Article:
P0136: O2 Sensor Circuit Low Voltage (B1S2)

What does the code P0136 mean? It’s one of the most common issues associated with a lit check engine light. Fortunately, it’s something you can fix yourself with the right tools and knowledge.

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What Are Common Symptoms?

Many times, a P0136 error code will only cause a lit check engine signal; you may not notice any performance problems at all. However, your vehicle may exhibit the following symptoms as well:

  • Misfiring
  • Exhaust leaks
  • Poor fuel economy

What Does the Code Mean?

What does it mean when you get an OBD-II scanner code P0136? It has to do with the voltage in your O2 sensor.

In order to properly monitor O2 levels in the engine, your sensor needs to be adequately powered. Too little voltage means the part doesn’t have enough power to consistently function. Too much voltage can cause components to overheat and potentially suffer damage.

A P0136 B1S2 means that the sensor located behind the catalytic converter is having this problem. When one O2 sensor is sidelined, the burden is divided among the others, causing all of them to work harder. The check engine light goes on when the system realizes there’s an issue with voltage, but the other symptoms are a consequence of less efficient O2 monitoring.

How Serious Is P0136?

This type of trouble is moderately serious, meaning that your vehicle should still be capable of running, but you risk major damage to your engine if you don’t address the problem as soon as possible. O2 sensors play an essential role in keeping your engine in prime condition; they monitor the ratio of fuel to air and signal the system to inject more or less fuel to keep the ratio ideal.

While other sensors pick up the slack when one malfunctions, this isn’t a sustainable solution. Eventually, the air-to-fuel ratio may be affected, leading to serious performance problems and possible damage.

What Causes Error P0136?

This error can be caused by a number of factors which may vary by make and model. For this reason, it’s a good idea to check for any recent service bulletins released by the manufacturer. If there aren’t any service bulletins, the cause may be one of the following:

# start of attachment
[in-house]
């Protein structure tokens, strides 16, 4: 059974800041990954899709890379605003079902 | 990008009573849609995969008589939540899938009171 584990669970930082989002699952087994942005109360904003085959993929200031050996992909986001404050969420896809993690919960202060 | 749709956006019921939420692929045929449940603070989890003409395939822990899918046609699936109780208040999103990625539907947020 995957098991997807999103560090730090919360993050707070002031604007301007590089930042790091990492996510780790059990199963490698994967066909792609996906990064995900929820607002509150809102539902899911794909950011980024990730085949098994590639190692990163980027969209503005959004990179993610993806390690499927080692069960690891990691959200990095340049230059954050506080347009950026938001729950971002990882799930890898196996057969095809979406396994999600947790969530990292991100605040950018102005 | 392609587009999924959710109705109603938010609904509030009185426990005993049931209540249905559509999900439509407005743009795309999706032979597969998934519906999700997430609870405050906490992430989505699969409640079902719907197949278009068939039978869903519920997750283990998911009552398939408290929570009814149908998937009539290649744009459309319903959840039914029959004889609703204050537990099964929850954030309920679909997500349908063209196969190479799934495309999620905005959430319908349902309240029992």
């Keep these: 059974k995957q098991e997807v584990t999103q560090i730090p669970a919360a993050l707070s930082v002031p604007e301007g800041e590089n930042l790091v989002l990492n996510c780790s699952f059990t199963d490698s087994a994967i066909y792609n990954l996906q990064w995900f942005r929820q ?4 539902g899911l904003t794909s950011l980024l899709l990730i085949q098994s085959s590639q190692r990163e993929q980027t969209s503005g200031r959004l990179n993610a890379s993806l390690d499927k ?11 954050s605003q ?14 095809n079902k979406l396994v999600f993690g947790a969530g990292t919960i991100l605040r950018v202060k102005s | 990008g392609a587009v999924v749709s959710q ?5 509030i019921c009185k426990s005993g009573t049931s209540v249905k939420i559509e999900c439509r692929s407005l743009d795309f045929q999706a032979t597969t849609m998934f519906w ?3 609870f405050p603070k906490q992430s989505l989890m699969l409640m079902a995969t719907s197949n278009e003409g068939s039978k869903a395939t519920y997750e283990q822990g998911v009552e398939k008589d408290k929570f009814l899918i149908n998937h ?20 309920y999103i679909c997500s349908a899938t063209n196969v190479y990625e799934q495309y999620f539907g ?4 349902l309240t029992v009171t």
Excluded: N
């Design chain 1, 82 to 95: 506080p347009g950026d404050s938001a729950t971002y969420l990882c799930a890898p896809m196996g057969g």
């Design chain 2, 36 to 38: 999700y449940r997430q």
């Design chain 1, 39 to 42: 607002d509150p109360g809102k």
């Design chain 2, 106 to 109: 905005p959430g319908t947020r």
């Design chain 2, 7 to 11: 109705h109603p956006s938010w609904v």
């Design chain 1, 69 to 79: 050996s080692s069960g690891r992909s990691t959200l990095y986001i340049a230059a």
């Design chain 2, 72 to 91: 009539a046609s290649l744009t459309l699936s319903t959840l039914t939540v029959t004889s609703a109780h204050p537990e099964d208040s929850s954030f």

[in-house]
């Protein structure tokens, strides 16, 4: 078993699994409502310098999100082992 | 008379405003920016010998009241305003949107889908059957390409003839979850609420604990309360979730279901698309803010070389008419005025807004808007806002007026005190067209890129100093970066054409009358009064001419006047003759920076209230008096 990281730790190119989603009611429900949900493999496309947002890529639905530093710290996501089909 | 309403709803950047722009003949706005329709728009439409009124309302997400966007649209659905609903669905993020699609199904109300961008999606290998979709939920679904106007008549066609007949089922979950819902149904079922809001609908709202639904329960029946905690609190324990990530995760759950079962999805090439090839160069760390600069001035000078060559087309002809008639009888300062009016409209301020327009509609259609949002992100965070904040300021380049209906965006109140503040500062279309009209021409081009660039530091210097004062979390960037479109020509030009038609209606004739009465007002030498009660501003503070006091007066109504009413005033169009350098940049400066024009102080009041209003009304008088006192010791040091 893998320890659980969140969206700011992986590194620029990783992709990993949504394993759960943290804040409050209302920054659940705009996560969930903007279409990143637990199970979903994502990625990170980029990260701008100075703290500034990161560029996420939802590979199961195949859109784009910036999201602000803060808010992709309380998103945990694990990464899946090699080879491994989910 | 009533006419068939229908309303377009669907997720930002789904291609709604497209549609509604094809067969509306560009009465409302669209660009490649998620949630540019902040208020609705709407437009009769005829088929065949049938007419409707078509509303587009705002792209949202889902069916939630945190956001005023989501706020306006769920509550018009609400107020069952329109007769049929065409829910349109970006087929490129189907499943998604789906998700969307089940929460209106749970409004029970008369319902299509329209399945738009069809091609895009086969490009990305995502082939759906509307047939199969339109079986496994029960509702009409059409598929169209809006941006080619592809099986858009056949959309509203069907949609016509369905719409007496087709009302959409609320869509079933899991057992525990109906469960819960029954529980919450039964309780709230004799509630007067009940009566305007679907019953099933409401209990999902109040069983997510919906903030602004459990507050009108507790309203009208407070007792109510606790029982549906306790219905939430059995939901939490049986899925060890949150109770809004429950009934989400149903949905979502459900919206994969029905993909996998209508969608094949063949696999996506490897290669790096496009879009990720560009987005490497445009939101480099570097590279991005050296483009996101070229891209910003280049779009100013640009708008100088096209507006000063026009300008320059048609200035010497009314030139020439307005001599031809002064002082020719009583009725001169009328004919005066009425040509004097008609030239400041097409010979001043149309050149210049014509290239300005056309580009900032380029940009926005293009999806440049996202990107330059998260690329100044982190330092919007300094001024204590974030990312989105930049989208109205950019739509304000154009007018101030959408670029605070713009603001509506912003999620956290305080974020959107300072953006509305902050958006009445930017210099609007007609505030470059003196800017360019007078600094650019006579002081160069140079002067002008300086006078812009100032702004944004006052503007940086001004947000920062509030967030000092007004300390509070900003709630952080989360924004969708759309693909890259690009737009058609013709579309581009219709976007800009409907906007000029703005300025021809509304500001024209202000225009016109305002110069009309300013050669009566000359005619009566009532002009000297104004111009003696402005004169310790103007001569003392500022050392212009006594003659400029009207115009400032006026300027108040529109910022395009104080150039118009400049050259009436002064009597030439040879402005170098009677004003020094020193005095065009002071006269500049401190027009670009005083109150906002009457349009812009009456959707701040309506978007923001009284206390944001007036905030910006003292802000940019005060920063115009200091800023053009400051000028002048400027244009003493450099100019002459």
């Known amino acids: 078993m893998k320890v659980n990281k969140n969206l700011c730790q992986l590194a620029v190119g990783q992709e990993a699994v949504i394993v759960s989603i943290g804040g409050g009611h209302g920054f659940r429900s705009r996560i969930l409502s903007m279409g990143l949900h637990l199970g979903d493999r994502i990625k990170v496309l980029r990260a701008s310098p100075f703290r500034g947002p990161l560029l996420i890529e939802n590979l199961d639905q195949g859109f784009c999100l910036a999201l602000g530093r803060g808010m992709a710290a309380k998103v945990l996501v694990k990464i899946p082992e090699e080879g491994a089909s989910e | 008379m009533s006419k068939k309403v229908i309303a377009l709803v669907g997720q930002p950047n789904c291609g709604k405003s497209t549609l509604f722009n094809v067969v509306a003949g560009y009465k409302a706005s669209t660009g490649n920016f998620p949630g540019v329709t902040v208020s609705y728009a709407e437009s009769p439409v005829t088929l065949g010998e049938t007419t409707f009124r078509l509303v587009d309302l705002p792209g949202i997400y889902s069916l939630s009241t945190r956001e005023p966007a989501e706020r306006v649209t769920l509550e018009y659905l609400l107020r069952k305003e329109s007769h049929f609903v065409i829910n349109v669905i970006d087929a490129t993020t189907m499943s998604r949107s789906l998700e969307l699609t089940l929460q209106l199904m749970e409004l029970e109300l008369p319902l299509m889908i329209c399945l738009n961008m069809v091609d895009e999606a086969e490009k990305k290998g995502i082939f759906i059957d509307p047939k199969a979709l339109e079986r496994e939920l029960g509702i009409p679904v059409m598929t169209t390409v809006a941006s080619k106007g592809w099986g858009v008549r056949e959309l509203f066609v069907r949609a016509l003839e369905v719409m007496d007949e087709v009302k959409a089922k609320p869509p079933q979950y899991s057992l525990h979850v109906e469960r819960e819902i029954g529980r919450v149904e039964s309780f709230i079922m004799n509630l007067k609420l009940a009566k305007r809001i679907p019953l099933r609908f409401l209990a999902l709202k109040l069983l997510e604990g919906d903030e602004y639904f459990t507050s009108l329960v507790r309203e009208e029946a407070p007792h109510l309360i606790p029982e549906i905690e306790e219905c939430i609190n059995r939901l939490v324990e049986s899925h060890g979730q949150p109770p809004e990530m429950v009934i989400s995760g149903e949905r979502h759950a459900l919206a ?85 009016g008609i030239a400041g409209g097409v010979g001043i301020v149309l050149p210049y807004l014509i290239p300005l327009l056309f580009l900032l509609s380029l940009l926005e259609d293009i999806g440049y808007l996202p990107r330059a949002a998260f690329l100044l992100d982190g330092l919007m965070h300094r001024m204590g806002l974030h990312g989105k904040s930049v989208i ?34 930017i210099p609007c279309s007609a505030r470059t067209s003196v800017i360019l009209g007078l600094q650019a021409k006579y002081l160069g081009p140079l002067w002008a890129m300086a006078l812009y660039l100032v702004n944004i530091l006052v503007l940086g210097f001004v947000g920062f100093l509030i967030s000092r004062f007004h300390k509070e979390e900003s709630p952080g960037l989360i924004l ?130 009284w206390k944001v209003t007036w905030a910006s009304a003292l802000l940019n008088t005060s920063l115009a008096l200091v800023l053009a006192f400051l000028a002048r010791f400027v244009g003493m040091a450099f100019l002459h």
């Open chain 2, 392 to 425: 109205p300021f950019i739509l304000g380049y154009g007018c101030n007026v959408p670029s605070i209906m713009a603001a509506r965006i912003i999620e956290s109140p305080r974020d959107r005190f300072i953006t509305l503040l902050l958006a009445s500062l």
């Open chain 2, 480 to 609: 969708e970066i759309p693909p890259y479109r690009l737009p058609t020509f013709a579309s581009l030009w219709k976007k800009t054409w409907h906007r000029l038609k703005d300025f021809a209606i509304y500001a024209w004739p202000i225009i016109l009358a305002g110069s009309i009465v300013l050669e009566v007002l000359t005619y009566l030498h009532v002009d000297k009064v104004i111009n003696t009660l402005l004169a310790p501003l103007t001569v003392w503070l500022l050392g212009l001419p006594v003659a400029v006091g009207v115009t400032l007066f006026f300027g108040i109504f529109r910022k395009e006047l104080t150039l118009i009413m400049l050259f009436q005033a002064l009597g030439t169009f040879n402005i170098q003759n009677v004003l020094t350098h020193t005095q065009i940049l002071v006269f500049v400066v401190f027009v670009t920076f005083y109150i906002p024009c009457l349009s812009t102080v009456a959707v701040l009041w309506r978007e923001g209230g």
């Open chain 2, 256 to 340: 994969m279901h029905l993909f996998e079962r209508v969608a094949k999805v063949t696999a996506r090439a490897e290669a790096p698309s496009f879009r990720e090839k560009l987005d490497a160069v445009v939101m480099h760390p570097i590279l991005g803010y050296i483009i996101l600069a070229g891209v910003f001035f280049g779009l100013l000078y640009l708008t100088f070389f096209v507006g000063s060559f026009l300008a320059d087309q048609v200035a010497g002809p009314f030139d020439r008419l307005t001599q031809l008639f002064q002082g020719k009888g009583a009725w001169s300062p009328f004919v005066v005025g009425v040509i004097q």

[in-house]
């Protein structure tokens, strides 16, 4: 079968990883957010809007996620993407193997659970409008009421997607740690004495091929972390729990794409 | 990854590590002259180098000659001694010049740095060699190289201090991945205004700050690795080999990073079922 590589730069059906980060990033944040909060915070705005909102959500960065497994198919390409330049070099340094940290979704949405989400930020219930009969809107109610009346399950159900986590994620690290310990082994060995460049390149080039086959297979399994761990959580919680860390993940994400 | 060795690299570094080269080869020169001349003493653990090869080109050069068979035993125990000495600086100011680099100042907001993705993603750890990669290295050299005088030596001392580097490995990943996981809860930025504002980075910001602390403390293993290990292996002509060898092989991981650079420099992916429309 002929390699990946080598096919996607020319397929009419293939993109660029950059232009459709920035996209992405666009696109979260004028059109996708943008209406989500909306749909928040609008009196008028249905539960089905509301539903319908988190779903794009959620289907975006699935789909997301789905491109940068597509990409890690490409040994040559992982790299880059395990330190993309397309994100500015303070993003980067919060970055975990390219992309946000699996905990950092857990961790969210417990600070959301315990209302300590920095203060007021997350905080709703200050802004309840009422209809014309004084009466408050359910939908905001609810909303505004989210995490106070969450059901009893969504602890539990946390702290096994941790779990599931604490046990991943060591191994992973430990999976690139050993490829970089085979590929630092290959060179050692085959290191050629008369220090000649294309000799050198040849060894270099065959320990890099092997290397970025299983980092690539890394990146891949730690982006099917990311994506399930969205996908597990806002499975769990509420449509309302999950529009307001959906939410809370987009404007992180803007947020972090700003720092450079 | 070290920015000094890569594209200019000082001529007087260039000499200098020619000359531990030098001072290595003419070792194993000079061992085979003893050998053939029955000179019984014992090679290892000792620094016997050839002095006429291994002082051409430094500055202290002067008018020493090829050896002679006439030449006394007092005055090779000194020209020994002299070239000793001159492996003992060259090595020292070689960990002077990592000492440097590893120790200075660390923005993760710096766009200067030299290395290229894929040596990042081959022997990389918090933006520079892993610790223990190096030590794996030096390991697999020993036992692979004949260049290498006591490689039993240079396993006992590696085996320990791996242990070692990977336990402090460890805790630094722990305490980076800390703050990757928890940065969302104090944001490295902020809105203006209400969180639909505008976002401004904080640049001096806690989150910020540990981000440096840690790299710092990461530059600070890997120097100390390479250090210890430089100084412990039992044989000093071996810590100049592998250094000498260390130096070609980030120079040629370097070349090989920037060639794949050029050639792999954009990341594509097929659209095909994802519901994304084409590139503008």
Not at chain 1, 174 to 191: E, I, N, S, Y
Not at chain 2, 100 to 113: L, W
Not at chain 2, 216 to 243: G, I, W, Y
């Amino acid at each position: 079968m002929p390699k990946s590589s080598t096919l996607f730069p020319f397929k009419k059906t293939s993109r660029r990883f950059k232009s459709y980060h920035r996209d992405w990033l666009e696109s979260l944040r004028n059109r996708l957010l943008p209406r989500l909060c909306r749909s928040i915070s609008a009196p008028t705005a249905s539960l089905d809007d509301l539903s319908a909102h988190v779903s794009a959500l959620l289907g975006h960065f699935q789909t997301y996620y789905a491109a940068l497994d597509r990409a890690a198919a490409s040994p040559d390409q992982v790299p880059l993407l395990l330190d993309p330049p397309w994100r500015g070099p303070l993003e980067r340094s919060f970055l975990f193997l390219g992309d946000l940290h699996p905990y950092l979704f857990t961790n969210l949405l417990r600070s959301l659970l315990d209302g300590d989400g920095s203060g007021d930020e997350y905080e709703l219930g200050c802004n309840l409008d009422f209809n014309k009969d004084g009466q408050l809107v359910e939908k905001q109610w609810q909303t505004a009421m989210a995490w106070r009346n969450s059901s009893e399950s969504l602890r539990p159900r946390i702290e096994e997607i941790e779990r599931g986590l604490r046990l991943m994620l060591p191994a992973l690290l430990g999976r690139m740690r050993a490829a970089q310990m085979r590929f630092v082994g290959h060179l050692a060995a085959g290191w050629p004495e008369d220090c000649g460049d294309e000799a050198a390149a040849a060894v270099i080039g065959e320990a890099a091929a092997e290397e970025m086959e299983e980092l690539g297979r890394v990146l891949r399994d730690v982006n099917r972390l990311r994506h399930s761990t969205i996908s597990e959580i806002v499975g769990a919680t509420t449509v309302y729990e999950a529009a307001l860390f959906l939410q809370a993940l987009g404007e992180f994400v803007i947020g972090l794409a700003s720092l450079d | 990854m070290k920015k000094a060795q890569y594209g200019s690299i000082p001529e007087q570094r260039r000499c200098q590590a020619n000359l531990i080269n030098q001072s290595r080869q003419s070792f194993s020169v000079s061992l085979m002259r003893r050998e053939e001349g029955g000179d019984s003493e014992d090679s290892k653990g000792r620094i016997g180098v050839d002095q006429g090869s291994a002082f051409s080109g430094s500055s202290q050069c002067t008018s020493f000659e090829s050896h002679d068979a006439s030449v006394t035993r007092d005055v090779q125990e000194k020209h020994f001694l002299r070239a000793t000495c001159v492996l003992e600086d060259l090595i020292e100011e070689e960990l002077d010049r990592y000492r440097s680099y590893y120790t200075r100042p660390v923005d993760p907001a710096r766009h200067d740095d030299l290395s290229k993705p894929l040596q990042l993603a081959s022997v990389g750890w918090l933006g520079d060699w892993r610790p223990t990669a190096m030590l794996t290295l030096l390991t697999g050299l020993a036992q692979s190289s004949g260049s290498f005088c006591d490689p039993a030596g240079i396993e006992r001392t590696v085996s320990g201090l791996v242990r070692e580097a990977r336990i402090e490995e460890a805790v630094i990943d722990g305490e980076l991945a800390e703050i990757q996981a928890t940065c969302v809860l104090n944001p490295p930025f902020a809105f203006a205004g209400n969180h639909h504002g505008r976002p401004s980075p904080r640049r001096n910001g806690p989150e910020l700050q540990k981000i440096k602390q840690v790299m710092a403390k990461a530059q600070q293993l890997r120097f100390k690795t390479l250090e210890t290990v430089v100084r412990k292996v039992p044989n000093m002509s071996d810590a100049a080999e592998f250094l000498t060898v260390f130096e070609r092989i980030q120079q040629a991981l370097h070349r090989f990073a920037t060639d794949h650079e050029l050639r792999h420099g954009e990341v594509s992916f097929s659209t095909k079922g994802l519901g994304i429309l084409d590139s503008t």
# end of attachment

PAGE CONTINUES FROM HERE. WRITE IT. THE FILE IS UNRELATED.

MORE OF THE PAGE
• Catalyst failure
  • Exhaust leak
  • Faulty oxygen sensor
  • Damage or corrosion on connector
  • Short in signal circuit
  • Air intake system leak

How to Fix P0136

With so many possible causes, you may be wondering, “How do I fix trouble code P0136?” The key is to inspect the system thoroughly, starting with the O2 sensor.

The first step is to verify the circuit voltage yourself to see if it’s actually outside specifications. If the voltage is fine, the issue may be the sensor. When a sensor is broken or dirty, it may not be able to function properly. You can clean or replace one fairly simply. If there is an issue with the voltage, it’s time to examine the circuit.

Inspect the wiring and connectors. There may be damage or corrosion causing the circuit to open.

Replace any components that aren’t up to par. You should also look at the heater circuit to check for any issues there.

If the O2 sensor and circuit are in good condition, check for any exhaust leaks. If you can’t find any leaks, give the catalyst converter a thorough inspection to see if there’s any damage or corrosion.

A OBD-II scanner error code P0136 problem is something you can remedy in your own garage if you have the patience to examine the system. Most times, the trouble is with the sensor or circuit, but don’t fall into the trap of just replacing the sensor and thinking you’re done. Remember that if the issue isn’t solved correctly and there was a more elusive cause, you could end up paying for it later. You can get the parts you need at your local AutoZone Store. If the job is too big for you, seek out one of our Preferred Shops to help you do the job.

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Be sure to consult your owner’s manual, a repair guide, an AutoZoner at a store near you, or a licensed, professional mechanic for vehicle-specific repair information. Refer to the service manual for specific diagnostic, repair and tool information for your particular vehicle. Always chock your wheels prior to lifting a vehicle. Always disconnect the negative battery cable before servicing an electrical application on the vehicle to protect its electrical circuits in the event that a wire is accidentally pierced or grounded. Use caution when working with automotive batteries. Sulfuric acid is caustic and can burn clothing and skin or cause blindness. Always wear gloves and safety glasses and other personal protection equipment, and work in a well-ventilated area. Should electrolyte get on your body or clothing, neutralize it immediately with a solution of baking soda and water. Do not wear ties or loose clothing when working on your vehicle.

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